Saturday, November 22, 2014

What Does Jesus Think Of Us?

Matthew 25: 31-46
I  go to my doctor every 6 months for a cholesterol checkup. I'm grateful to have high cholesterol because otherwise my current health insurance wouldn't pay for check ups. (unlike those found under the affordable healthcare act which include well-checks). 
I like to know how I'm doing - especially when the blood work shows good health. But often I receive warning signs about my possible future.

A year or 2 ago the standards for a human body vitamin D levels were changed. How many of you were told you needed to start taking vitamin D? Me too, only I ended up with too much and was taken off it a year later. 

The Harvard School of health echoes my initial question by stating that Worldwide, an estimated 1 billion people have inadequate levels of vitamin D in their blood, and deficiencies can be found in all ethnicities and age groups.“Why are these widespread vitamin D deficiencies of such great concern? Because research conducted over the past decade suggests that vitamin D plays a much broader disease-fighting role than once thought.”

“Being “D-ficient” may increase the risk of a host of chronic diseases,” from heart disease, some cancers, to even the seasonal flu.” (

It is important to take preventive measures and to know where one stands. We need a good health check-up. 
So, What does a good health check up have too do with Mt. 25?(2) 

First, as always we look at context:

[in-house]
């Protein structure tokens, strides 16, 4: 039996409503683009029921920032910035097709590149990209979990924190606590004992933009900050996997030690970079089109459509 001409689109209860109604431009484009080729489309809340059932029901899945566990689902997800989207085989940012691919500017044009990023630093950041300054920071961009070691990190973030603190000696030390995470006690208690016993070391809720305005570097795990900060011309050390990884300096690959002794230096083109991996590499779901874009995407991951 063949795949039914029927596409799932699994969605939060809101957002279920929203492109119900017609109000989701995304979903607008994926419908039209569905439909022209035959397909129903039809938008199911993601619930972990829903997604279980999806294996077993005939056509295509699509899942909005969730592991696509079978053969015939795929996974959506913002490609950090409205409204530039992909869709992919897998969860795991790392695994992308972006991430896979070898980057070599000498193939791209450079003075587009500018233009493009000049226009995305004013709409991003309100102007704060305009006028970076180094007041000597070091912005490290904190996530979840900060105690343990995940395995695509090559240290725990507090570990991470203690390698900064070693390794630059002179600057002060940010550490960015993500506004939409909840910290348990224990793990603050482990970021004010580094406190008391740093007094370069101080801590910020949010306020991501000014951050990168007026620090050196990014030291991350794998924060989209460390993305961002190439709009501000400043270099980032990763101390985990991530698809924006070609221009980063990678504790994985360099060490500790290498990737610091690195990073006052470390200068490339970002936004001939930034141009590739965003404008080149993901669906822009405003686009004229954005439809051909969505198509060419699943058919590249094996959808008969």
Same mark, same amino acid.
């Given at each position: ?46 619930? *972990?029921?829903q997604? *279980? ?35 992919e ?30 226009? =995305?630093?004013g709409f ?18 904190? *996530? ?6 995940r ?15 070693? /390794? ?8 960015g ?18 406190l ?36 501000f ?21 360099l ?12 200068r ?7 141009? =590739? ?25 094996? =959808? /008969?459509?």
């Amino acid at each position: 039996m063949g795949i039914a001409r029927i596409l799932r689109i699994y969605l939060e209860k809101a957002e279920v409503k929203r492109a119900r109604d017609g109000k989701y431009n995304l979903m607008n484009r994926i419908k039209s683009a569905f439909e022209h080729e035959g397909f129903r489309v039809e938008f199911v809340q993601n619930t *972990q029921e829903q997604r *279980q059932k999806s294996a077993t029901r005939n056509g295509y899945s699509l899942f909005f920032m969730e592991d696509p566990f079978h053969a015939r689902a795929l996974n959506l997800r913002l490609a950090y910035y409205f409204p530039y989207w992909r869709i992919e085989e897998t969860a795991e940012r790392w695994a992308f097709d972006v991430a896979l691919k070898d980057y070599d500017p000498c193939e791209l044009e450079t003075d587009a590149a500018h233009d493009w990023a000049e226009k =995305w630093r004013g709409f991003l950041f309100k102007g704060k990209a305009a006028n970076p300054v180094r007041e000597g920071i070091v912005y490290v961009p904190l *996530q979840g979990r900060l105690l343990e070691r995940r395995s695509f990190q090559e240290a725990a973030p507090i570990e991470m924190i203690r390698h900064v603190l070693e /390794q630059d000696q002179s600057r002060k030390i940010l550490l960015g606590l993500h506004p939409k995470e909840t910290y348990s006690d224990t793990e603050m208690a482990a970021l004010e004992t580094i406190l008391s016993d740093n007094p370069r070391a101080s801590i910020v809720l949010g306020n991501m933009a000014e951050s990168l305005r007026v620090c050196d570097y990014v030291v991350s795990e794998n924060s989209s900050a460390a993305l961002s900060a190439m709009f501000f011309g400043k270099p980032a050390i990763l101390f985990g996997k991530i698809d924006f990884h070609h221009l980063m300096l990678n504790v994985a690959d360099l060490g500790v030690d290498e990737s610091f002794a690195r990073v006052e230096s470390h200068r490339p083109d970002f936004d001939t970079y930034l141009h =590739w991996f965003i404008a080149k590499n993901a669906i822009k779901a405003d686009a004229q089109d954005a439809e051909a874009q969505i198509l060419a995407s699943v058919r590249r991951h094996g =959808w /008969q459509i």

Two parables come before this story about the Son of Man as a KING coming in judgment. 
One is about 10 bridesmaids; some of whom weren’t prepared when the bridegroom arrived and the 
other is about talents, or money given to invest while the Master was away and only the one who didn’t invest what they were given was punished.
Both are warnings about preparedness and action while someone waits for the return of the master or leader. 

Like the health scare stories that ALWAYS seem to be in the news. One commentator points out that in the previous chapter the warnings for those who reject Jesus are more dire than the positive affirmations for Jesus’ followers.(3)
It seems that the all these passages are leading up to today’s story- which is found only in Matthew’s gospel- and is about the final result of choices in life. 

Matthew offers us a moment as intimate as those shared by Jesus disciples.--- The spiritual checkup.

Together they tell- even warn us to be prepared.The stories are a “Diagnostic tool designed to inspire faithfulness”(4)

Let’s consider How successful Jesus was with his disciples…

ASK: What were the disciples expecting
What was Jesus trying to warn them of
What trials /were Matthew's community facing (at the end of the 1st century)
What did the disciples end up doing when crisis hit?
So, What did Jesus think of them?

Are we ready to answer what Jesus thinks of us, yet?

I’m not sure the disciples really had time for a good well-ness check. As Jesus traveled to Jerusalem, their life was full of more surprises than his teaching words could prepare them for. And even tho we won’t read the passion narrative as a community until Lent, we know the plot to come is full of twists and turns. 

Today’s story is usually taken alone. But it fits better as part of the whole gospel. Especially now that we are finishing with Matthew and about to move onto Mark in Advent.
When we spend time with these words, we can be troubled by the separation of sheep and goats. (ASK? what troubles you - however you hear the metaphors?)

Scholars have debated whether this a warning to all people or to those who fail to welcome Christian missionaries. I am not sure it matters because the traditional understanding is to take this story as a warning - and we DO take it personally. (don’t we?) 

But we should look back to verse 37.
“Then the righteous will answer him, ‘Lord, when was it that we saw you hungry and gave you food, or thirsty and gave you something to drink?’